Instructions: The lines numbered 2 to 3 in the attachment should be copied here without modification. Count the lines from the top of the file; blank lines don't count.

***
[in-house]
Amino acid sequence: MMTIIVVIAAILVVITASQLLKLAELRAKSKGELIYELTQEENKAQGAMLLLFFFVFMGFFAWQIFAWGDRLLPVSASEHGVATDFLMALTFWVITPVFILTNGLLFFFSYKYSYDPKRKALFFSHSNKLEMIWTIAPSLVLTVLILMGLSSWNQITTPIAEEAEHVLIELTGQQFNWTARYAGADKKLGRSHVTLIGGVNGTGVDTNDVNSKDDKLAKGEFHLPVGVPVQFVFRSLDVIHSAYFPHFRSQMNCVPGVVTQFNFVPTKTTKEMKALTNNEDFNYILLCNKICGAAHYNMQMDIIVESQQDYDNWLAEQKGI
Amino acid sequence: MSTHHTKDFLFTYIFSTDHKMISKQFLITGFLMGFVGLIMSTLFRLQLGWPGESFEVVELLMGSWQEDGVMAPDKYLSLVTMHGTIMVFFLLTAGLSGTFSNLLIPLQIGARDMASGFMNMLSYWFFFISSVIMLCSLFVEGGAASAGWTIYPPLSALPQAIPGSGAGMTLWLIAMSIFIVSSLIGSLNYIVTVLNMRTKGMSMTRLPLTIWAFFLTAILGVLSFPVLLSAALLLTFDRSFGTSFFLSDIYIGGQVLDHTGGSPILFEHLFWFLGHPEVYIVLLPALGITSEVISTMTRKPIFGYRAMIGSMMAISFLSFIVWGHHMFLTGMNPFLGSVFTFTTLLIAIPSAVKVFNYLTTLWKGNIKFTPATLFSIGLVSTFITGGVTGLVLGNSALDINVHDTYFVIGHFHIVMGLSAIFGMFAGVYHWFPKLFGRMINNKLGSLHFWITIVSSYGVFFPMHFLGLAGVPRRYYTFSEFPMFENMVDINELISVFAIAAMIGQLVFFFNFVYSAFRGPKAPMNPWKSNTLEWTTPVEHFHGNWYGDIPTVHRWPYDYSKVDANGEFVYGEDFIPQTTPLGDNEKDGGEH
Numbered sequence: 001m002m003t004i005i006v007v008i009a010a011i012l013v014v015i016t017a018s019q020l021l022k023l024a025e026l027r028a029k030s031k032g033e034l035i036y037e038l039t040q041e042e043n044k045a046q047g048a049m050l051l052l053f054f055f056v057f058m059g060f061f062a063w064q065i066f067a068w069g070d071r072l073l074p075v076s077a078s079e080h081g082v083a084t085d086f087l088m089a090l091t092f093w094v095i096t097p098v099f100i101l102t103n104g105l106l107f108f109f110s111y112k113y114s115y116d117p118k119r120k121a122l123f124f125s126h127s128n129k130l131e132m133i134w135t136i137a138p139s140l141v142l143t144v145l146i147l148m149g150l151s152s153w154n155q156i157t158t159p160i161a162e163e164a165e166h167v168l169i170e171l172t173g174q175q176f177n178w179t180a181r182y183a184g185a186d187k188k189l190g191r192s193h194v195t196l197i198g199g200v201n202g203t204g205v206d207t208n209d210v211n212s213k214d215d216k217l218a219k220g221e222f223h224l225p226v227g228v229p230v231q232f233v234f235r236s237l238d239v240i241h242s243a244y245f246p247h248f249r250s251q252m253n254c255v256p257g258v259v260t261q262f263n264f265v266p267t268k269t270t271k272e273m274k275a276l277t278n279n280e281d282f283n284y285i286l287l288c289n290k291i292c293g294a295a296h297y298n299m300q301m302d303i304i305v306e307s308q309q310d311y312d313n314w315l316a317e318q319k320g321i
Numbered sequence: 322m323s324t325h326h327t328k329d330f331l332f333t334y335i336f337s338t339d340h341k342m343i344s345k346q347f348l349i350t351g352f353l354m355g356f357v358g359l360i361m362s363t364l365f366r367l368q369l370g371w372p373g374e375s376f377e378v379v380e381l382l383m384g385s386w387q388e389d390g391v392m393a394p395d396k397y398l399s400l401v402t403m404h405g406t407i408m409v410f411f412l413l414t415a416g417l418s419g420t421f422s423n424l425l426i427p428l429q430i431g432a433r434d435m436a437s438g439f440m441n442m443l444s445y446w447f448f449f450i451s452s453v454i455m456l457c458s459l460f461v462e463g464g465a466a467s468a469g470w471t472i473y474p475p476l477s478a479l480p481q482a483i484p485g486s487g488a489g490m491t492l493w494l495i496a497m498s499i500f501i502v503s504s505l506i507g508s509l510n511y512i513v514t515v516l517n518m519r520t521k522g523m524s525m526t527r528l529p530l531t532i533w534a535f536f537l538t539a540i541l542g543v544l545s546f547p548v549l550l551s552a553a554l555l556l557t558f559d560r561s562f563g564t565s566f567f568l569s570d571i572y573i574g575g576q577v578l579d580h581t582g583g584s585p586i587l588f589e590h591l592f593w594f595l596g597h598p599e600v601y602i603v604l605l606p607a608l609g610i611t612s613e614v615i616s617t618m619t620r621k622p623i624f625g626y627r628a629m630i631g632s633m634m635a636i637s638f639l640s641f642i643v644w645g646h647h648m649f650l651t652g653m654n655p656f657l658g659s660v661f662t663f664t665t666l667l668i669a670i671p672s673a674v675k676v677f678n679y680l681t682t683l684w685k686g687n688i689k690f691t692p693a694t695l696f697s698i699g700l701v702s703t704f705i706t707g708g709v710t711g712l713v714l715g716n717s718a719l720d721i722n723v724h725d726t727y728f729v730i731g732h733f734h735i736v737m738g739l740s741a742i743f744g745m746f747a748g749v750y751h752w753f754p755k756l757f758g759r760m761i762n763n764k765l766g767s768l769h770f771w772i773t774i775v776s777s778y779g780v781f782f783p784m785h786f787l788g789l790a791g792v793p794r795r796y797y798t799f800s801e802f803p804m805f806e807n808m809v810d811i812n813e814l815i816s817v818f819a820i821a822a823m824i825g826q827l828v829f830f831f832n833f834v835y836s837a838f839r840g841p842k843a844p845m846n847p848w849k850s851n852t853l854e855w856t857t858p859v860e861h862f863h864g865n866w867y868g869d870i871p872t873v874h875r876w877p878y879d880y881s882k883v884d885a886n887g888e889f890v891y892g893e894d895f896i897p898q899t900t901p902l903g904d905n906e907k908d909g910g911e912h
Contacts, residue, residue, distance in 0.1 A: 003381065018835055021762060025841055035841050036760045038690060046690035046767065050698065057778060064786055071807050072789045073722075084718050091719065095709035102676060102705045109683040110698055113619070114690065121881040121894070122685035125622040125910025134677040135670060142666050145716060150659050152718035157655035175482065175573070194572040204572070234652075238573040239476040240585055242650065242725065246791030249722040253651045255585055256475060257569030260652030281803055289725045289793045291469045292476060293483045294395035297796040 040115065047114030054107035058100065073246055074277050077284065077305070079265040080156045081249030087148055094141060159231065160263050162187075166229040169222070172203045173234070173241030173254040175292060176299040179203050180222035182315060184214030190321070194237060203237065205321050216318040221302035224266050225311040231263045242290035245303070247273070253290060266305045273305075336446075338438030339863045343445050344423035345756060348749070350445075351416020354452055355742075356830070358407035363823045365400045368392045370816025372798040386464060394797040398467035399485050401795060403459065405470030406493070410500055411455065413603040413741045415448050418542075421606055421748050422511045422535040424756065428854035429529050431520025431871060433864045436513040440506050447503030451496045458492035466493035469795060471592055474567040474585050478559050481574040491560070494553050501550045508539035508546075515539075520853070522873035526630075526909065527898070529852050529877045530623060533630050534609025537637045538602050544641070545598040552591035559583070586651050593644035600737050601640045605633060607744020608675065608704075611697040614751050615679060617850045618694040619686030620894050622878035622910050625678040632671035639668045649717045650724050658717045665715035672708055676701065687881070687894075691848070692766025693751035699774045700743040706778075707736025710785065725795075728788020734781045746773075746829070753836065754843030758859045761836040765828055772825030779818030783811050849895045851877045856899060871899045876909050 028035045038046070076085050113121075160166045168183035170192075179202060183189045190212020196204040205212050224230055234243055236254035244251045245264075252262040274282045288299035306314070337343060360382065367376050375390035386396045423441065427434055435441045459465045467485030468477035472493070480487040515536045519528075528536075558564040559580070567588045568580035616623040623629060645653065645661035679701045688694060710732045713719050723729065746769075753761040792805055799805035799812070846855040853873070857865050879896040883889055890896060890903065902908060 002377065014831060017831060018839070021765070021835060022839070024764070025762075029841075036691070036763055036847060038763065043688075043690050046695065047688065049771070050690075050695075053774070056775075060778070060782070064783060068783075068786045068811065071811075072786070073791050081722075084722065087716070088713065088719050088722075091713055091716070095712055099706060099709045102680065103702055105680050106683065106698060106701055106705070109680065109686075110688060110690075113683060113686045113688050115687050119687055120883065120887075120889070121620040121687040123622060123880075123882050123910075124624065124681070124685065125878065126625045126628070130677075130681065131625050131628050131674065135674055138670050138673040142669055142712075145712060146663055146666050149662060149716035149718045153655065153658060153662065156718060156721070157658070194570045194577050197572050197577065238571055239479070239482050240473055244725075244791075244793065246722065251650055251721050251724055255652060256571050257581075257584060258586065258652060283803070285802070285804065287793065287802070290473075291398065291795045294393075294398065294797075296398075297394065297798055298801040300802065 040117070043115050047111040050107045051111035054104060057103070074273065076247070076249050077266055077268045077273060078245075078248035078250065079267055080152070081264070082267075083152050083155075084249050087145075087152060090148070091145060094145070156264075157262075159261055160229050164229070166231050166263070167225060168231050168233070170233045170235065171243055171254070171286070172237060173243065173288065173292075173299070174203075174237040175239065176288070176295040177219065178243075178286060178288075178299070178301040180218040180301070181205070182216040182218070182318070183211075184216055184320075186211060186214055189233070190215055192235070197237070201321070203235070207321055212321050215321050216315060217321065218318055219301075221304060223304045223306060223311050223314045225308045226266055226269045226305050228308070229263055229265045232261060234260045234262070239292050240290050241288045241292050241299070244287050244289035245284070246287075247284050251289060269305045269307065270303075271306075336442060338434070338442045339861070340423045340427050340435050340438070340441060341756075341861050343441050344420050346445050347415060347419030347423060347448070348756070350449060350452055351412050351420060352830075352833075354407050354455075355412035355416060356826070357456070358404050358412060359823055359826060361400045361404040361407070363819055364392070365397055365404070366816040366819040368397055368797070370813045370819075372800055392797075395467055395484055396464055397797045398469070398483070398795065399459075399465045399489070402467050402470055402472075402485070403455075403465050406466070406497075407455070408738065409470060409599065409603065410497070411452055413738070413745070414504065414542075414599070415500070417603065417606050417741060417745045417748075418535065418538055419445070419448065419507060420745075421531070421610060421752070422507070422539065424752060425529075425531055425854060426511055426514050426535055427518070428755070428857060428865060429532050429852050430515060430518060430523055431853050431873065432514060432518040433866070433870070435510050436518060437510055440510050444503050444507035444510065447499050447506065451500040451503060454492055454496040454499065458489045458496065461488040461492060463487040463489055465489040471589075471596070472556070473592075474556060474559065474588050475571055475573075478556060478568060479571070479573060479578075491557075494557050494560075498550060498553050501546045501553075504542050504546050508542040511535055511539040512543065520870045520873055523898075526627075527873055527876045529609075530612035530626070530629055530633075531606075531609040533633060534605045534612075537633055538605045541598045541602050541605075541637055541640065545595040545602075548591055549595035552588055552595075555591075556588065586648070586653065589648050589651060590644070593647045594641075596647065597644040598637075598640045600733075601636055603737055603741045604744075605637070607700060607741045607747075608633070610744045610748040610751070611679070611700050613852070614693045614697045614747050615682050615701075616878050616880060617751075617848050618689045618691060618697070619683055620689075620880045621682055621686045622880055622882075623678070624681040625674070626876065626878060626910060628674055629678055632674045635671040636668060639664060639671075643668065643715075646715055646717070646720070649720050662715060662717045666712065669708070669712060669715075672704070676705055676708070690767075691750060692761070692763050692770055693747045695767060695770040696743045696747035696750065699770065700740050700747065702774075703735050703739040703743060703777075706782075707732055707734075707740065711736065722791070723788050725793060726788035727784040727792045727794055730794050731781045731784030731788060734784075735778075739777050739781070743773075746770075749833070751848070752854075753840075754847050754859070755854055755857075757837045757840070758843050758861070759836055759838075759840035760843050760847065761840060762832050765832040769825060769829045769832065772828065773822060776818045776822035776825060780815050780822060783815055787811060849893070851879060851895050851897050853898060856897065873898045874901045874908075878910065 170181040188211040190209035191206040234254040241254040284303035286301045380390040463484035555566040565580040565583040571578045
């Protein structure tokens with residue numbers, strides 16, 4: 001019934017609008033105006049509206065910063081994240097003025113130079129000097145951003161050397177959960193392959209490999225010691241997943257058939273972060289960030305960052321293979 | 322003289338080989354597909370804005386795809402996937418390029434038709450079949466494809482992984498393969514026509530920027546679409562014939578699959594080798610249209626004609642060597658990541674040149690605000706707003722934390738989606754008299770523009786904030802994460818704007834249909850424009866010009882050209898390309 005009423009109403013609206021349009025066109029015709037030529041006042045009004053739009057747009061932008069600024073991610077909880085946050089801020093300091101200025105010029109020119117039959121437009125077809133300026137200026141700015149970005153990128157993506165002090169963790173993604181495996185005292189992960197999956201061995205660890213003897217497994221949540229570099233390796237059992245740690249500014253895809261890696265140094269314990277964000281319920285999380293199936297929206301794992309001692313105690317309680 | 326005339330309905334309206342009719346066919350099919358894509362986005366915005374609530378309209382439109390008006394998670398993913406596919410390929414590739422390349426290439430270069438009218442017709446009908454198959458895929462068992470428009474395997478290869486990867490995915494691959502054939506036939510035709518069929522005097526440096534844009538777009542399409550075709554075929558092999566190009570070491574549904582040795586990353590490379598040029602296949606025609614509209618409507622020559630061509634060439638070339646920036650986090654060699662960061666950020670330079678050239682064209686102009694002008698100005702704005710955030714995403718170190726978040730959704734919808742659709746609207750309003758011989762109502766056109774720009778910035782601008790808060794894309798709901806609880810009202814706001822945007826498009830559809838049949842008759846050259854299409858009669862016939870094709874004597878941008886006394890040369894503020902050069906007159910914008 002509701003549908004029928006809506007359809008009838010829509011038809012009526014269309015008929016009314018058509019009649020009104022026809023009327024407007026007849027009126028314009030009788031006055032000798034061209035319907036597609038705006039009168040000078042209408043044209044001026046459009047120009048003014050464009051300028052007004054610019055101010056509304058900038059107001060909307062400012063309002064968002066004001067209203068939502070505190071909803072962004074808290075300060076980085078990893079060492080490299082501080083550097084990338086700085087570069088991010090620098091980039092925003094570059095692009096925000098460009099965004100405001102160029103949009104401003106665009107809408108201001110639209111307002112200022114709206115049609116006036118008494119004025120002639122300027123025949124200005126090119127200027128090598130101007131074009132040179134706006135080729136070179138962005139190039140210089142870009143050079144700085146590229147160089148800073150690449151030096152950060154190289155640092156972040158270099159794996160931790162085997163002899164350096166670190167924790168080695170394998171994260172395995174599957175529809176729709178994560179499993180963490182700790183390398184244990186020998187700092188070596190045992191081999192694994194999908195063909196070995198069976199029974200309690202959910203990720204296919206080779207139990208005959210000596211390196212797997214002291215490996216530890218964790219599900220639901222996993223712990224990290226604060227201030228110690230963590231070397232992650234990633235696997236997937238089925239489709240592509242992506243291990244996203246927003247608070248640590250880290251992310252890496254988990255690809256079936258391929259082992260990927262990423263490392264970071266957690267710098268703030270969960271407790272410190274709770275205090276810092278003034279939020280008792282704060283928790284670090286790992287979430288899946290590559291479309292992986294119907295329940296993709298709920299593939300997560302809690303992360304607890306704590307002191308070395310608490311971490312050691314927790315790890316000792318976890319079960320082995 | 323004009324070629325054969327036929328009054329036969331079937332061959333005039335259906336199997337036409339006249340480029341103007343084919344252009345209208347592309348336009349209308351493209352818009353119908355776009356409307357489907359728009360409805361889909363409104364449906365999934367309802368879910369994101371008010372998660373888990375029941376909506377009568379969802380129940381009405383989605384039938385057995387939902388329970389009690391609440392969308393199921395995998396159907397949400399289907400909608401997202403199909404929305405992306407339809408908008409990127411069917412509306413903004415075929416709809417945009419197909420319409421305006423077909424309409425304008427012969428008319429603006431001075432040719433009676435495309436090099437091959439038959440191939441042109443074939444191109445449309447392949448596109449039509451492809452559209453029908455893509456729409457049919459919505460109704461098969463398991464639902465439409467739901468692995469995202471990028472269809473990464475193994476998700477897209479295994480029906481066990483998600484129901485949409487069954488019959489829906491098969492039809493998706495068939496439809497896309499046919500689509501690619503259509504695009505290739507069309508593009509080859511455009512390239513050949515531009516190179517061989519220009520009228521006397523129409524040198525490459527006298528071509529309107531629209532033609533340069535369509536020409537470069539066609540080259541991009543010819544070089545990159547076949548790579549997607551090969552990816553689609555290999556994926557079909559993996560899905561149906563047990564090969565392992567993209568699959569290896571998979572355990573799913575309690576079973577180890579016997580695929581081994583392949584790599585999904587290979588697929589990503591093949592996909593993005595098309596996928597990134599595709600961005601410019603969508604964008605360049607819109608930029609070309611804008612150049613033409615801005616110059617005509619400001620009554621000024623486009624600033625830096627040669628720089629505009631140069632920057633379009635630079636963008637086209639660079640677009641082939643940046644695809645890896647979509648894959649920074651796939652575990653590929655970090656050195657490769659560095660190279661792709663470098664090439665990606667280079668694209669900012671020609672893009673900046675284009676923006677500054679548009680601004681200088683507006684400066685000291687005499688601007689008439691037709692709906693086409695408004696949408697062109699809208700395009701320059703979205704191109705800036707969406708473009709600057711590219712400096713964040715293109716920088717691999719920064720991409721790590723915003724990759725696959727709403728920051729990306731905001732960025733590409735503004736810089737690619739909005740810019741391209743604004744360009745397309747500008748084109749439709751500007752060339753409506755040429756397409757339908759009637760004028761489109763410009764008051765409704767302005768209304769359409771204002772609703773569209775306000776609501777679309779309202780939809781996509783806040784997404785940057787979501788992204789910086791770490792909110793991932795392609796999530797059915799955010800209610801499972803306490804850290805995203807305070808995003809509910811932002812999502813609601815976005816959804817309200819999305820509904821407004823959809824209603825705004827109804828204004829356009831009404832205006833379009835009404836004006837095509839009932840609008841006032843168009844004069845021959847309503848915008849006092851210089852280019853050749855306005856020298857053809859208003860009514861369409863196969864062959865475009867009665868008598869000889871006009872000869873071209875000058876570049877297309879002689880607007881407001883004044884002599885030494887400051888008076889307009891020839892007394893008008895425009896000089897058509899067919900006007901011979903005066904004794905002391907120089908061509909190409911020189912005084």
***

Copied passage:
Amino acid sequence: MMTIIVVIAAILVVITASQLLKLAELRAKSKGELIYELTQEENKAQGAMLLLFFFVFMGFFAWQIFAWGDRLLPVSASEHGVATDFLMALTFWVITPVFILTNGLLFFFSYKYSYDPKRKALFFSHSNKLEMIWTIAPSLVLTVLILMGLSSWNQITTPIAEEAEHVLIELTGQQFNWTARYAGADKKLGRSHVTLIGGVNGTGVDTNDVNSKDDKLAKGEFHLPVGVPVQFVFRSLDVIHSAYFPHFRSQMNCVPGVVTQFNFVPTKTTKEMKALTNNEDFNYILLCNKICGAAHYNMQMDIIVESQQDYDNWLAEQKGI
Amino acid sequence: MSTHHTKDFLFTYIFSTDHKMISKQFLITGFLMGFVGLIMSTLFRLQLGWPGESFEVVELLMGSWQEDGVMAPDKYLSLVTMHGTIMVFFLLTAGLSGTFSNLLIPLQIGARDMASGFMNMLSYWFFFISSVIMLCSLFVEGGAASAGWTIYPPLSALPQAIPGSGAGMTLWLIAMSIFIVSSLIGSLNYIVTVLNMRTKGMSMTRLPLTIWAFFLTAILGVLSFPVLLSAALLLTFDRSFGTSFFLSDIYIGGQVLDHTGGSPILFEHLFWFLGHPEVYIVLLPALGITSEVISTMTRKPIFGYRAMIGSMMAISFLSFIVWGHHMFLTGMNPFLGSVFTFTTLLIAIPSAVKVFNYLTTLWKGNIKFTPATLFSIGLVSTFITGGVTGLVLGNSALDINVHDTYFVIGHFHIVMGLSAIFGMFAGVYHWFPKLFGRMINNKLGSLHFWITIVSSYGVFFPMHFLGLAGVPRRYYTFSEFPMFENMVDINELISVFAIAAMIGQLVFFFNFVYSAFRGPKAPMNPWKSNTLEWTTPVEHFHGNWYGDIPTVHRWPYDYSKVDANGEFVYGEDFIPQTTPLGDNEKDGGEH